Tags: Retirement | 403b | hardship withdrawal

What You Should Know Before Making a Hardship Withdrawal on Your 403(b)

Image: What You Should Know Before Making a Hardship Withdrawal on Your 403(b)

By    |   Monday, 04 May 2015 03:00 PM

You can withdraw money from your 403(b) plan due to a financial hardship, but restrictions vary according to the company or the plan. Employers and plan administrators must follow IRS guidelines for distributions since the plans are federally qualified retirement plans.

The plan must permit hardship distributions because of overwhelming financial needs that have to be addressed immediately. The distributions may also include the financial needs of an employee's spouse, dependent or beneficiary, according to the IRS. The amount of the withdrawal should meet the financial need.

The plans may differ when it comes to hardship distributions. A plan may have a specific definition of a hardship and limits to the amount that can be distributed from the 403(b) account to the employee.

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Employers might ask you if you have exhausted all of your financial resources, such as trying to get loans or distributions available through another investment plan. The employer could also inquire about possible assets from the spouse or children that could be used for financial needs.

Some plans are specific about how much can be withdrawn and how. A plan might require distributions only be made from salary reduction contributions. A provision could also include suspending you from contributing to the plan and other employer plans for a period of six months after receiving the hardship withdrawal.

Hardship distributions usually allow you to withdraw your contributions but not the earnings on them, according to Expert Plan. Plans may allow hardship withdrawals to pay medical expenses for the employee or dependents not covered by an insurance plan.

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Plans may allow withdrawals from your 403(b) to meet overdue rent payments or make mortgage payments, especially if it involves possible eviction or foreclosure on a home.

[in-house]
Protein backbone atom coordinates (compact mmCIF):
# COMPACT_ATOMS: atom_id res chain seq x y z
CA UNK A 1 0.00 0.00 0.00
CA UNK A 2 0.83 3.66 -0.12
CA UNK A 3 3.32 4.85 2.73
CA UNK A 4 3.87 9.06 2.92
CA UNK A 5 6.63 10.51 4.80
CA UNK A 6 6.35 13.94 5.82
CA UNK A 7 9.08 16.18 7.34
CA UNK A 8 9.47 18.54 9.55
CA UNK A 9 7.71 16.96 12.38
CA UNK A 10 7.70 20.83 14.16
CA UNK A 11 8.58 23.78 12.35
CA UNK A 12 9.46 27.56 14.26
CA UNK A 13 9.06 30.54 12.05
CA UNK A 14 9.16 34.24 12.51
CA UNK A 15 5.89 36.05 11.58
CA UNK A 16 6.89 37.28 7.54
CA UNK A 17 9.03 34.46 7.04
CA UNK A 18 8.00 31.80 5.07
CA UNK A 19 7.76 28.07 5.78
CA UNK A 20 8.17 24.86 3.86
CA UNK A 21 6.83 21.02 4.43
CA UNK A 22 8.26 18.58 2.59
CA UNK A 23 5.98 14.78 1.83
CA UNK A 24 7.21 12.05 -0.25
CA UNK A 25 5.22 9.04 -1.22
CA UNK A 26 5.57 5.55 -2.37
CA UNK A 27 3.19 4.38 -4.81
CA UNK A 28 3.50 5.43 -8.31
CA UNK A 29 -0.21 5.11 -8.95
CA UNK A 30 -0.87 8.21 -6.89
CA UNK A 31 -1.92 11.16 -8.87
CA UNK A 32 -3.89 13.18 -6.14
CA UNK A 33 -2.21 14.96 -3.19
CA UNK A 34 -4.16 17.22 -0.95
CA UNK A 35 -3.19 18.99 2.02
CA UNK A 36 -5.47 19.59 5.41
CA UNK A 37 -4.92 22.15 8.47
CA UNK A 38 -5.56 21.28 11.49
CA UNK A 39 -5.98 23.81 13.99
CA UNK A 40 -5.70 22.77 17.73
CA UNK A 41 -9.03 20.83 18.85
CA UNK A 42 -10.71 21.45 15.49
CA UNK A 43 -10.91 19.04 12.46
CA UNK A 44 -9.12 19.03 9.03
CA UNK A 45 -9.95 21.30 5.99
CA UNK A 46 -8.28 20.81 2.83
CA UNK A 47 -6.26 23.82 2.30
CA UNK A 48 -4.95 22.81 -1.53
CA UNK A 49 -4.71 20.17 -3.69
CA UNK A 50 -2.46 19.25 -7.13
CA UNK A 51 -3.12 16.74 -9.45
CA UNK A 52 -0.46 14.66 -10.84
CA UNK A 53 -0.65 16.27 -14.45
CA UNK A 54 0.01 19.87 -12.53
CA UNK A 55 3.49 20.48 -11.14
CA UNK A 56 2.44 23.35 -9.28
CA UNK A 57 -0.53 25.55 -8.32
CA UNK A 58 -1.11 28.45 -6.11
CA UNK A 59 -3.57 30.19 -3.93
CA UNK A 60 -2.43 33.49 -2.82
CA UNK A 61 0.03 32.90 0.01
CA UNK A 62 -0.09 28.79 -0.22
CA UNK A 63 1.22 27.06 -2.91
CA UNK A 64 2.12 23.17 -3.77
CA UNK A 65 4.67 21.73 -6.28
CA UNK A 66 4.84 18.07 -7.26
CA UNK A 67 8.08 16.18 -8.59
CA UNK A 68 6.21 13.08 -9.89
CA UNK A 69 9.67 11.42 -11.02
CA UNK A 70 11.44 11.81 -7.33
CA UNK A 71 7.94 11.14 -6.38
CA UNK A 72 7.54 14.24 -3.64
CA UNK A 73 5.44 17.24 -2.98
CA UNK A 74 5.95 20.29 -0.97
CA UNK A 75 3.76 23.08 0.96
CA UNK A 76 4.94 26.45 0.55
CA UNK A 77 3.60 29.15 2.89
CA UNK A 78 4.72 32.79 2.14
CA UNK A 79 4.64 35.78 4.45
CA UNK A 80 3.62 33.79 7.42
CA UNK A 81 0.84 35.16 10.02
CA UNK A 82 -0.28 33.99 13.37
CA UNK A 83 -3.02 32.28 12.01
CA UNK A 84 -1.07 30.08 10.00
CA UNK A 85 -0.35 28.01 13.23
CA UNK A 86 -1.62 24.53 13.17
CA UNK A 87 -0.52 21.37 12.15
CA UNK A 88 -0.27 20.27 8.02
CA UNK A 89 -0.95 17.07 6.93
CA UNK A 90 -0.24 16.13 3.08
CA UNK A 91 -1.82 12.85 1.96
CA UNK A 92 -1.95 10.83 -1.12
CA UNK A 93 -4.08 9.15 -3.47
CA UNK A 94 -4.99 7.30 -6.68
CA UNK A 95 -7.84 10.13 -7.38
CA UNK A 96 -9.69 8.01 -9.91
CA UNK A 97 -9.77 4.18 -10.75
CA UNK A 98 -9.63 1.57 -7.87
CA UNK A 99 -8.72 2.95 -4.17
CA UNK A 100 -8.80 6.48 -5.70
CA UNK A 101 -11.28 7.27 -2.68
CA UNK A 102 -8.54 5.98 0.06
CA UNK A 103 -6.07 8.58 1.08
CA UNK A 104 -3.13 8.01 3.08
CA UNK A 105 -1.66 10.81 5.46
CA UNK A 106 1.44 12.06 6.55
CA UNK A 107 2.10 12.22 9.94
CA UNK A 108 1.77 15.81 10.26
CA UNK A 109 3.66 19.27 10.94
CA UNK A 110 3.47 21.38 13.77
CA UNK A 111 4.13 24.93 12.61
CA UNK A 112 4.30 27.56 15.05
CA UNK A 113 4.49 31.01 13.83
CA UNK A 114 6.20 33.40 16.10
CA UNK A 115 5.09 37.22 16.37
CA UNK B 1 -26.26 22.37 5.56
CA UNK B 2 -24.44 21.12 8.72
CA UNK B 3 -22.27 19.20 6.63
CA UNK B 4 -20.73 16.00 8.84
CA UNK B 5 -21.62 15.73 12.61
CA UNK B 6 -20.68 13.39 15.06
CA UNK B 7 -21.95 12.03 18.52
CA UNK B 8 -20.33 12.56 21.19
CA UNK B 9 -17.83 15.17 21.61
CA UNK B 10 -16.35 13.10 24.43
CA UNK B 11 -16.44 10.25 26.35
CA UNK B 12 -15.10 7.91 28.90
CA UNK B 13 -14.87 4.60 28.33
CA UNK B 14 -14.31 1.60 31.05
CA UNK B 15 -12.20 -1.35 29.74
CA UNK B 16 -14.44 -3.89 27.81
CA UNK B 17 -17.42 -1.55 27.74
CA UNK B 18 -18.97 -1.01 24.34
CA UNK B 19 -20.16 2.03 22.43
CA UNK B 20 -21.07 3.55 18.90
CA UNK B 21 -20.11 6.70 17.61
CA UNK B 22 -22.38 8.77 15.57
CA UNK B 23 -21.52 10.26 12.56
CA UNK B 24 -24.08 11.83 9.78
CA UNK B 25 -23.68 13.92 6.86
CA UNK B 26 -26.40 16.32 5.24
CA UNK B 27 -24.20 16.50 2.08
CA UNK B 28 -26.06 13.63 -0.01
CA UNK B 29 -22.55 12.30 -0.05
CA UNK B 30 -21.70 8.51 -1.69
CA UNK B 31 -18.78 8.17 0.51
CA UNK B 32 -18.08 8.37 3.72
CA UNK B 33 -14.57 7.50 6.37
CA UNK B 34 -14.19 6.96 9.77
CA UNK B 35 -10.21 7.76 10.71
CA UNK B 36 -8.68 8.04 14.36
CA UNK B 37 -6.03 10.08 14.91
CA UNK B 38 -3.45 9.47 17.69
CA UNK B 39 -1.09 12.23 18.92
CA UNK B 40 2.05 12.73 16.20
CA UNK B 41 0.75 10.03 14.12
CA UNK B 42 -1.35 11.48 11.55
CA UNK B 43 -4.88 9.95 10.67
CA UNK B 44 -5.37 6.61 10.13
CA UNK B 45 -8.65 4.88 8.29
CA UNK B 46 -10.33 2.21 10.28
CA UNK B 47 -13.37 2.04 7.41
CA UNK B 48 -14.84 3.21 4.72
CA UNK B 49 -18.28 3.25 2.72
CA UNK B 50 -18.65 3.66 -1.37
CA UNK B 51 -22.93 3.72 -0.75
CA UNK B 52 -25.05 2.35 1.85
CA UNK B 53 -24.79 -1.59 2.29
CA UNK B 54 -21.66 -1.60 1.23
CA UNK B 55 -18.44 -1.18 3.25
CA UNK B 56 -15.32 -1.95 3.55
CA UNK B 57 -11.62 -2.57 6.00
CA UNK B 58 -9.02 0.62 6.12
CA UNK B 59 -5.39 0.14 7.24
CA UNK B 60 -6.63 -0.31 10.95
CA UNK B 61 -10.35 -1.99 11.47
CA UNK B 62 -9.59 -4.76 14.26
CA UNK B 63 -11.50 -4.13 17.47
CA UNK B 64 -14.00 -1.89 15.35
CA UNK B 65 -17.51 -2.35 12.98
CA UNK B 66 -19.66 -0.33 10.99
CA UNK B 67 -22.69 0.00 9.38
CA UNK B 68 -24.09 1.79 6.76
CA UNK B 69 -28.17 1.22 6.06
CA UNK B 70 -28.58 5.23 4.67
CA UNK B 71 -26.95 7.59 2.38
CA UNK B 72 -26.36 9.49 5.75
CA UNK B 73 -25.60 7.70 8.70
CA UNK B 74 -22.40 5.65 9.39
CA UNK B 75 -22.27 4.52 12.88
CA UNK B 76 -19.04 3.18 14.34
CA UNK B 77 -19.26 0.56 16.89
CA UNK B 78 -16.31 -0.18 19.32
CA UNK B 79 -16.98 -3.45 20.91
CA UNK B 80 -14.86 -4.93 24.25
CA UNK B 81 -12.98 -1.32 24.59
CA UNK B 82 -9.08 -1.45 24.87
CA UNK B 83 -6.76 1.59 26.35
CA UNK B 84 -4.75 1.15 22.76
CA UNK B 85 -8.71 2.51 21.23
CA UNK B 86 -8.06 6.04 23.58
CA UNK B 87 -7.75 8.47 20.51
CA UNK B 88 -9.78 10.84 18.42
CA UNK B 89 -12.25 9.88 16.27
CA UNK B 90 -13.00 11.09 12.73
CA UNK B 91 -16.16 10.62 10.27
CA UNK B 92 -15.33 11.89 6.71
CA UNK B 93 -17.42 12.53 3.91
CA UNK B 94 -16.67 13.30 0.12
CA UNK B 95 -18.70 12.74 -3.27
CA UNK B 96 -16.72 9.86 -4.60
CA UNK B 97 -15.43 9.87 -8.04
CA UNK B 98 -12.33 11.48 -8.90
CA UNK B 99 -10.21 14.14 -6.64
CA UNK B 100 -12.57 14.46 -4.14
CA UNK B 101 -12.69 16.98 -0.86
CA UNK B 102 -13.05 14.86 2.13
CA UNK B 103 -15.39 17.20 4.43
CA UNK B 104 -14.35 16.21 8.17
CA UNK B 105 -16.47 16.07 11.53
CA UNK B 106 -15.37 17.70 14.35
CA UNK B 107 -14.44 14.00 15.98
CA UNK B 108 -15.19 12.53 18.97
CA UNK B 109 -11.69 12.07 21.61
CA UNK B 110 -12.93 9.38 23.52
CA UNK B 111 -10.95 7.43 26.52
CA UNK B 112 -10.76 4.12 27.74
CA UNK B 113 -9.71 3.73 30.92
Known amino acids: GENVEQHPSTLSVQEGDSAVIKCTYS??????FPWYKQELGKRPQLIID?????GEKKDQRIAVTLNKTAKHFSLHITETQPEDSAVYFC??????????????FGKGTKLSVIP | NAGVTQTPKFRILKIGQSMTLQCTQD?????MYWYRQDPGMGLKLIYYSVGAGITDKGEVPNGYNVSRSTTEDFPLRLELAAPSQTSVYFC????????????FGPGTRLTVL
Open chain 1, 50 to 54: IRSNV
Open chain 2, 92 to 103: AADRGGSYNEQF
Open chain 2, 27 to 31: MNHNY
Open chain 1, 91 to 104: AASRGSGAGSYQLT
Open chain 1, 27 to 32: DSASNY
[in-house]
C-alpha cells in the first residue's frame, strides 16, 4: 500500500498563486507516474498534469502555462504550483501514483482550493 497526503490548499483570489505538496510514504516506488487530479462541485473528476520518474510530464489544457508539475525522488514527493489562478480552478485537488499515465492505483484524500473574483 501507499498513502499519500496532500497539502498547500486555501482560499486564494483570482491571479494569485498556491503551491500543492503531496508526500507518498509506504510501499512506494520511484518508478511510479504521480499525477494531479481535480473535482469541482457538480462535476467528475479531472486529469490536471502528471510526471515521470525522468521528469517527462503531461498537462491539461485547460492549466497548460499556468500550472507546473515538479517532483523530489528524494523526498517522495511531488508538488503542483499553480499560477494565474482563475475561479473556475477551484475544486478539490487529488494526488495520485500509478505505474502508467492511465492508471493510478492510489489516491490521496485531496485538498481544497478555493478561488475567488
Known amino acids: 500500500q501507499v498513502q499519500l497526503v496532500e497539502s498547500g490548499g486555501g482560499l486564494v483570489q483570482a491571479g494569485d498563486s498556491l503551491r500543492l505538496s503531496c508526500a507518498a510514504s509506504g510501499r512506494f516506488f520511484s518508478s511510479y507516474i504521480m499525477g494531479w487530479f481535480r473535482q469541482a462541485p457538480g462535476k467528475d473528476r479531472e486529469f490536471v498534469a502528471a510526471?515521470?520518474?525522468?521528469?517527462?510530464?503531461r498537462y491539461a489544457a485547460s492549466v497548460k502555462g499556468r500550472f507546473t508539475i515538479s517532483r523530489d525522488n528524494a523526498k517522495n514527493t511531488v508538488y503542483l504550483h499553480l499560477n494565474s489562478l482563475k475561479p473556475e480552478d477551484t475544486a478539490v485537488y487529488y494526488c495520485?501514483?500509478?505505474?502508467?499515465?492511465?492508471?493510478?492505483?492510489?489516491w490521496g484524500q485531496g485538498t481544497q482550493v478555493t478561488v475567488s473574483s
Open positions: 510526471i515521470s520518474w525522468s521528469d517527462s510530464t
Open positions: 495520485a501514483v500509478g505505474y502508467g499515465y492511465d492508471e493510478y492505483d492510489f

However, some hardship distributions for 403(b) plans allow withdrawals to buy a home. The home must be your principal residence and does not include a second home or vacation home. Hardship distributions could also be available to pay for a year of college tuition and expenses for dependents.

You can learn the particular requirements in your plan by talking to a representative in the human resources department or the plan administrator. Be sure to ask yourself if you have exhausted all of your financial resources before seeking hardship distributions from your 403(b) plan. It could interfere with building up your retirement savings.

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You can withdraw money from your 403(b) plan due to a financial hardship, but restrictions vary according to the company or the plan. Employers and plan administrators must follow IRS guidelines for distributions since the plans are federally qualified retirement plans.
403b, hardship withdrawal
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2015-00-04
Monday, 04 May 2015 03:00 PM
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